An online fundraiser is trying to pay for President Donald Trump's border wall, but is the money guaranteed to fund construction?


Nope, the Department of Homeland Security cannot accept gifts without an appropriation from Congress.


Howell Jackson- Professor of Law at Harvard Law School, consulted U.S. Department of the Treasury

Bureau of the Fiscal Service- "Gifts to the U.S. Government"

GoFundMe spokesperson

White House spokesperson

6 U.S. Code § 453 - Use of appropriated funds

U.S. Government Accountability Office- Antideficientcy Act


Brian Kolfage, a purple heart veteran and triple amputee who claims on his website to be the "most severely wounded U.S. Airman," set up a GoFundMe page to bankroll the border wall.

Kolfage started the fundraiser amid a political battle between President Trump and Congress over whether funding for the border wall should be included in a spending bill.

The fundraiser's goal is set at $1 billion. The largest amount ever crowd-sourced through a GoFundMe page was $22.1 million for the TIME'S UP legal defense fund.

Nearly 200,000 people have already contributed more than $11 million to Kolfage's #GoFundTheWall campaign.

"This is America coming together," Kolfage said on FOX News. "They want the wall and they’re putting their money where their mouth is and they’re funding it.”

People on Twitter were a little more skeptical.

We answer the big questions about the #GoFundTheWall campaign:

Is the campaign legitimate?

We asked GoFundMe to determine whether the campaign is legitimate. A GoFundMe spokesperson told us "yes."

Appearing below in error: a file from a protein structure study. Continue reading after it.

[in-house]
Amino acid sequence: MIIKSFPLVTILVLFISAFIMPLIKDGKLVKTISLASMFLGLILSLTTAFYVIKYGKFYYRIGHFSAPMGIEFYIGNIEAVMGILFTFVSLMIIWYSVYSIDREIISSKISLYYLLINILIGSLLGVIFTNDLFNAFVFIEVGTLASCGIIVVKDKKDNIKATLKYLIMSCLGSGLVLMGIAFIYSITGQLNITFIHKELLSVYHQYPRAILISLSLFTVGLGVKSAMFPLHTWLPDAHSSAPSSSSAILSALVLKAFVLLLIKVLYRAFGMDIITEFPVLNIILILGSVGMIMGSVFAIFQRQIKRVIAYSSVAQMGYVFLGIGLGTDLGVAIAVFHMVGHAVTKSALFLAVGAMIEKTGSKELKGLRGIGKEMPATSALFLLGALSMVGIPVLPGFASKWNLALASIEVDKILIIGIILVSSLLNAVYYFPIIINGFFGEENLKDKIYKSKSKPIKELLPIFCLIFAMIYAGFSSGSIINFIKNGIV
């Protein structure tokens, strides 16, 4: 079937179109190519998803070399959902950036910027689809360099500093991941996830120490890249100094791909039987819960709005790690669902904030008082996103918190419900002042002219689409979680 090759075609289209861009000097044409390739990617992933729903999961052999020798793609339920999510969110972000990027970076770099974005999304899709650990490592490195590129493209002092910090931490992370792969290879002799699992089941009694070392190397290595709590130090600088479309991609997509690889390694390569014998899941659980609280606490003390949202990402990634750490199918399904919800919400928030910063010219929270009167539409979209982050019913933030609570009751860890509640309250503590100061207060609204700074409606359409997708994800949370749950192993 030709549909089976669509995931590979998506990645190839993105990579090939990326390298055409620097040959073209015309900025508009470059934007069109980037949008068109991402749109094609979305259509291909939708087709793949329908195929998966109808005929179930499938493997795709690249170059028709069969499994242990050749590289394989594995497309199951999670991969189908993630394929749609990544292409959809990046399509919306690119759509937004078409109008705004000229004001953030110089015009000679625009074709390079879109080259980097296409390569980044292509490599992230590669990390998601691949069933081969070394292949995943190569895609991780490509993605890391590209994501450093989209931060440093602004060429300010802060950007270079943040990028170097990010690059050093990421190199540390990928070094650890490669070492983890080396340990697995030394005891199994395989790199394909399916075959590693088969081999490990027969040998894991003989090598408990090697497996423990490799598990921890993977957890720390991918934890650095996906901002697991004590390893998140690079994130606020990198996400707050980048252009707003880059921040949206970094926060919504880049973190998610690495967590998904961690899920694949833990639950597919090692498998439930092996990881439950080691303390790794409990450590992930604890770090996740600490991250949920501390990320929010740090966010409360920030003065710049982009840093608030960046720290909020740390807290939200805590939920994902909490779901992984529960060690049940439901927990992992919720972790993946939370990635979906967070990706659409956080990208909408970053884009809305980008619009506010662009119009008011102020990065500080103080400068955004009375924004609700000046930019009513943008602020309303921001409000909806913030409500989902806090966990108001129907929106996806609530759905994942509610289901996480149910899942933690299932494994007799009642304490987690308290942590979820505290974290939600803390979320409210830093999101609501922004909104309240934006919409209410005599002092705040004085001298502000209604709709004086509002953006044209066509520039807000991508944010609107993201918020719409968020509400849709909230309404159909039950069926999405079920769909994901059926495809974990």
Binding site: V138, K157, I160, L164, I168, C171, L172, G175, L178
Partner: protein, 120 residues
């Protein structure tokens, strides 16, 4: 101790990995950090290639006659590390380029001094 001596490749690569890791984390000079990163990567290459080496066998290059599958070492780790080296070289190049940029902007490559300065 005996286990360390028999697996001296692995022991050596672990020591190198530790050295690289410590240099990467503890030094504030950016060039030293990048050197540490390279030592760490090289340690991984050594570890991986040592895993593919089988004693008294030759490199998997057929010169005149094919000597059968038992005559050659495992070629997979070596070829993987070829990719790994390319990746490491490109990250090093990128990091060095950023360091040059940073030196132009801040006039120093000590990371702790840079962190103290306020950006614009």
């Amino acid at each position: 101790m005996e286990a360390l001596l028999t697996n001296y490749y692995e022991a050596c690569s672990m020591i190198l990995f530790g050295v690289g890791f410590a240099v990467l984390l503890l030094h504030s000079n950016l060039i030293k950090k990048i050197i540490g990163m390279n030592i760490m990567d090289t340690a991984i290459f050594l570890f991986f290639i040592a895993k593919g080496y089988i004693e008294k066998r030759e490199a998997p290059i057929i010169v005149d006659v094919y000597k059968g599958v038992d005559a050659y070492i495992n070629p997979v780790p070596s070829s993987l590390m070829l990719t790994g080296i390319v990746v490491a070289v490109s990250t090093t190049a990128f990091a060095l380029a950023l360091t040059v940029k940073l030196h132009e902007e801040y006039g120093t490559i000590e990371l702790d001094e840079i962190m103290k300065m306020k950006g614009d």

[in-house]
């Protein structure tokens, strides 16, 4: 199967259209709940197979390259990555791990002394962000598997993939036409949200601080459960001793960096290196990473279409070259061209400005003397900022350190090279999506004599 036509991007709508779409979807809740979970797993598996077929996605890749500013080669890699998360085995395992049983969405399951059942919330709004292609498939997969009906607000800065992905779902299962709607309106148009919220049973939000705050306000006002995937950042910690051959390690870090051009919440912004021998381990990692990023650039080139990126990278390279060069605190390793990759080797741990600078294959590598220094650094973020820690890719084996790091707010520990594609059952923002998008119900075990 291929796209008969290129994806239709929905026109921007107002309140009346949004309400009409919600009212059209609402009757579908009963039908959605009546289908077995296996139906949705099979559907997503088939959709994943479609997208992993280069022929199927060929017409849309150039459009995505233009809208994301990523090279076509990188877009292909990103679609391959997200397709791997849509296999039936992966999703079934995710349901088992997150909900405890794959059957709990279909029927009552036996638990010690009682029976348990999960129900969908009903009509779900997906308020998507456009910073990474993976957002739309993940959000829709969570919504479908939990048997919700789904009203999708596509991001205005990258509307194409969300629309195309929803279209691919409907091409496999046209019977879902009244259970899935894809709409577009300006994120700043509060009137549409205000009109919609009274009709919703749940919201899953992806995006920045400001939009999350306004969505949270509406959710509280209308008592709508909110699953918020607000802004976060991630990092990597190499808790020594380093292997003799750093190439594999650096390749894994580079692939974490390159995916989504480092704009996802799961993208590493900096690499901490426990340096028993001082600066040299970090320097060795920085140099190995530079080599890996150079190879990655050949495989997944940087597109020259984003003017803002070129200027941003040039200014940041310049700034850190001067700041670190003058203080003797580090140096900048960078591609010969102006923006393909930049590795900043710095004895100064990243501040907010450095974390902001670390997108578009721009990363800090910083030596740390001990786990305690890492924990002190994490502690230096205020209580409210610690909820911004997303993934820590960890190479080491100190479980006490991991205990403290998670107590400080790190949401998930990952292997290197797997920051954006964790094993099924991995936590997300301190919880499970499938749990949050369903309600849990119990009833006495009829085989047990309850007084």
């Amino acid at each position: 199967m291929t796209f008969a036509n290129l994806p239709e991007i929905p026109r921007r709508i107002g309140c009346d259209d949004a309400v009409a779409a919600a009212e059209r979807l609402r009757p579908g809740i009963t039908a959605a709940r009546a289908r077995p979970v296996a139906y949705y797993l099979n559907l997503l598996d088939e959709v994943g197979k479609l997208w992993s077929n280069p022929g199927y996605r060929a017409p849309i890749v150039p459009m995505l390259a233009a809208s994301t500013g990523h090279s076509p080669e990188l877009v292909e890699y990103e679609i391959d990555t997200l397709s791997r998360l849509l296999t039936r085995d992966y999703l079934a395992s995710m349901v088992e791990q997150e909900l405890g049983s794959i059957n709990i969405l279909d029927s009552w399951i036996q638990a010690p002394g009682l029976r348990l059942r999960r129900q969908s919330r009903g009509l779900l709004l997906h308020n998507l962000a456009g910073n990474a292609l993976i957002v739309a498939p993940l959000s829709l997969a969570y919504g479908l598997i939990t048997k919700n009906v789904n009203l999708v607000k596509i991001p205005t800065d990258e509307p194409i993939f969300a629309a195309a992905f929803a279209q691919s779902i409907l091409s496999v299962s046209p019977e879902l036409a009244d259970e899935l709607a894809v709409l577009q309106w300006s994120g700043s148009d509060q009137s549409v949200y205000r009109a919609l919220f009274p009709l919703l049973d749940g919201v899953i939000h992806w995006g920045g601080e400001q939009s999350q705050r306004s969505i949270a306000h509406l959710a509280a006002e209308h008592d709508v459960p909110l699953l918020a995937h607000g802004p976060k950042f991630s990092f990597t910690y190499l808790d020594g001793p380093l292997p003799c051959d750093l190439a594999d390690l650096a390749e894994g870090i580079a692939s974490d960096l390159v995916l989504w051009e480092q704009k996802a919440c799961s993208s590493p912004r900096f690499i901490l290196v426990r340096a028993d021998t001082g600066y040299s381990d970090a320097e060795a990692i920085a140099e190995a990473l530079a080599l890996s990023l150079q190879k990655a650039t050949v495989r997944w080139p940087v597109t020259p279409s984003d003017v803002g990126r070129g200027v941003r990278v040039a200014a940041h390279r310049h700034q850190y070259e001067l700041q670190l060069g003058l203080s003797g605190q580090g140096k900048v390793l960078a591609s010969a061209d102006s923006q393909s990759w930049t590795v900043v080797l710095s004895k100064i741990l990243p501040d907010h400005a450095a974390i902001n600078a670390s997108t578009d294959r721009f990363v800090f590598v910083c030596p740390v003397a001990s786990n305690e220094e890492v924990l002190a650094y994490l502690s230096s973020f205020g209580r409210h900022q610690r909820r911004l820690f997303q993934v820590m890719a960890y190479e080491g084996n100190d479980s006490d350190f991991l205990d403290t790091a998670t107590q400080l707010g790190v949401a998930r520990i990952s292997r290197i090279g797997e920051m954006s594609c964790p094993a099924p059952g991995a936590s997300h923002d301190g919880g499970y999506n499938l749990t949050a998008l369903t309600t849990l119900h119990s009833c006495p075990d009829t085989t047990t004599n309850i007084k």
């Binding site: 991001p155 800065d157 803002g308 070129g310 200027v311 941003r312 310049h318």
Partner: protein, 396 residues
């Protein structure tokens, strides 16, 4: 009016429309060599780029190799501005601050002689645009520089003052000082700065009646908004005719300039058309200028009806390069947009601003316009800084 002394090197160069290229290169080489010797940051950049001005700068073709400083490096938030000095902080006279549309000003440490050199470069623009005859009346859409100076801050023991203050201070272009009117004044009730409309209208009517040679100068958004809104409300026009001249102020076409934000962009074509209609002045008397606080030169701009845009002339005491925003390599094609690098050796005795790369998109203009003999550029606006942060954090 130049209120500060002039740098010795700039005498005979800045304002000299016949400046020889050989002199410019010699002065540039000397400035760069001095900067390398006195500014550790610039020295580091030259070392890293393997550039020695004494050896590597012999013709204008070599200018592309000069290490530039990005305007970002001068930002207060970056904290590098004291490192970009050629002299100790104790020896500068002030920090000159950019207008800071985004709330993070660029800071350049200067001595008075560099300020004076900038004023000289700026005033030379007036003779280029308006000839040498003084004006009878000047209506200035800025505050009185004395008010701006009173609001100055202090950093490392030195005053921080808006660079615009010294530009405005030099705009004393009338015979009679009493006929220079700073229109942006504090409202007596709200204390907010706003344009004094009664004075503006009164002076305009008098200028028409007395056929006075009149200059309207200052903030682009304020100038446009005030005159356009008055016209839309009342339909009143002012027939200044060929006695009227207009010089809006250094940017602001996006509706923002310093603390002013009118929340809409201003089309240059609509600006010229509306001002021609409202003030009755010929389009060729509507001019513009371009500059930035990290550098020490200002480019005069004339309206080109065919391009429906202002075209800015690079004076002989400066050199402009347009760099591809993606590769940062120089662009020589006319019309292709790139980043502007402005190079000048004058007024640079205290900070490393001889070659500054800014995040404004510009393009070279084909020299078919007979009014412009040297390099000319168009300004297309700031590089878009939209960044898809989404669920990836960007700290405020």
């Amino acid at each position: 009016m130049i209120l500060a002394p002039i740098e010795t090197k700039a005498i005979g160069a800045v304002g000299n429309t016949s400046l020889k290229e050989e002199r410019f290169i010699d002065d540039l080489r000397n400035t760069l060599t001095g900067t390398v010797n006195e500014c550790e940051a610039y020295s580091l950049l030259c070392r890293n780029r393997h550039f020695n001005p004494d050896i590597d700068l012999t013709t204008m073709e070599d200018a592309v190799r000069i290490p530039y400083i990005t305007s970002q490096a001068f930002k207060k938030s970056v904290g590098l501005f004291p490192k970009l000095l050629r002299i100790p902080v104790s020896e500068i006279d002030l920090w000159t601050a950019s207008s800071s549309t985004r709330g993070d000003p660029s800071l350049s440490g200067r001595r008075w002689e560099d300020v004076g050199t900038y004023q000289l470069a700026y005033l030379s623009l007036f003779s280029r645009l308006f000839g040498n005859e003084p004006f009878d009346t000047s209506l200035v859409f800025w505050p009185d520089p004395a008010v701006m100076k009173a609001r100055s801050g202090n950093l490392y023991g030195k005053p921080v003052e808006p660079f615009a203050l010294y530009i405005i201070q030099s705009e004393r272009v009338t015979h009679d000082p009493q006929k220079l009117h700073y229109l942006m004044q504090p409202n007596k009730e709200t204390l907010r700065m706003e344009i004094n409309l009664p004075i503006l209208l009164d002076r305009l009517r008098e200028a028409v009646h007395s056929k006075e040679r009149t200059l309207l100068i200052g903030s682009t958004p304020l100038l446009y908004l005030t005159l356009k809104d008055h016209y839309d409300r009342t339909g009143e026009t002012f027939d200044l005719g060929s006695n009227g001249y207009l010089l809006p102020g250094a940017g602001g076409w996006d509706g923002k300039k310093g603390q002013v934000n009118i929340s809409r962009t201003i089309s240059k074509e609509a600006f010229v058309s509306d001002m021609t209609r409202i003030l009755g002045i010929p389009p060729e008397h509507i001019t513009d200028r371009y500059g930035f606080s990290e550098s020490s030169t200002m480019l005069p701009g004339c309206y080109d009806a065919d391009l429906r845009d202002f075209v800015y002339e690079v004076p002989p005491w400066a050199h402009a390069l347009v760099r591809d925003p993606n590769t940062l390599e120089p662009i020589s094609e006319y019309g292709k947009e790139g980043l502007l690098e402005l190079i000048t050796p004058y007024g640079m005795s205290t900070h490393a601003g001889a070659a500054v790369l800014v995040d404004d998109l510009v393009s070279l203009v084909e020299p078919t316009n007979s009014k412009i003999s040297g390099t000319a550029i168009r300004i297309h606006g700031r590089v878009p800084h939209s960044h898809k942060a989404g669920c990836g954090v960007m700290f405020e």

"The funds are safely held by our payment processor and we will work with the organizer to transfer funds to an appropriate recipient or refund all donors, as stated in the campaign story," said the spokesperson.

Would the money actually be used to fund Trump's border wall?

Likely not. On the #GoFundTheWall campaign page, Kolfage claims he contacted the "Trump Administration to secure a point of contact where all the funds will go."

We reached out to the White House, who directed all inquires regarding the campaign to the U.S. Department of the Treasury.

Under the Treasury's gift-giving policy, any money from the GoFundMe would funnel into a general money pot. Without an appropriation from Congress, you can't earmark money in the Treasury for the border wall.

Under U.S. law, Homeland Security would not be able to accept the money directly, without Congress.

"At that point, absent a gift fund authorization from Congress, the money would have to be handed over to the Treasury," Howell Jackson, a professor of Law at Harvard Law School who has also consulted the U.S. Treasury, said. "Were DHS officials to spend the funds, they would risk running afoul the Anti-Deficiency Act, which carries criminal penalties. As to how the funds would be spent once deposited with the treasury, that’s difficult to say because tracing is hard.

Last year GOP Congresswoman Diane Black introduced a bill to allow crowd-funding for the wall—but it carried with it all sorts of national security issues and never made it out of committee.

So we can Verify, no, it’s extremely unlikely the money will go towards building a border wall, without Congress’ okay.

Is $1 billion enough to cover the border wall?

There's no consensus on how much building a wall would cost. President Trump has repeatedly claimed it would cost no more than $25 billion. The U.S. Senate Committee on Homeland Security and Government Affairs pegged the price tag $70 billion.

Following Trump's demand that funding for the wall be included in a spending bill, the House voted on Thursday night to add $5 billion to cover border security.

Earlier this year, a Texas company was awarded a $145 million contract by Customs and Border Protection to construct a concrete levee wall in Hidalgo County, Texas. The project is expected to cover six miles, a fraction of the total U.S.-Mexico border.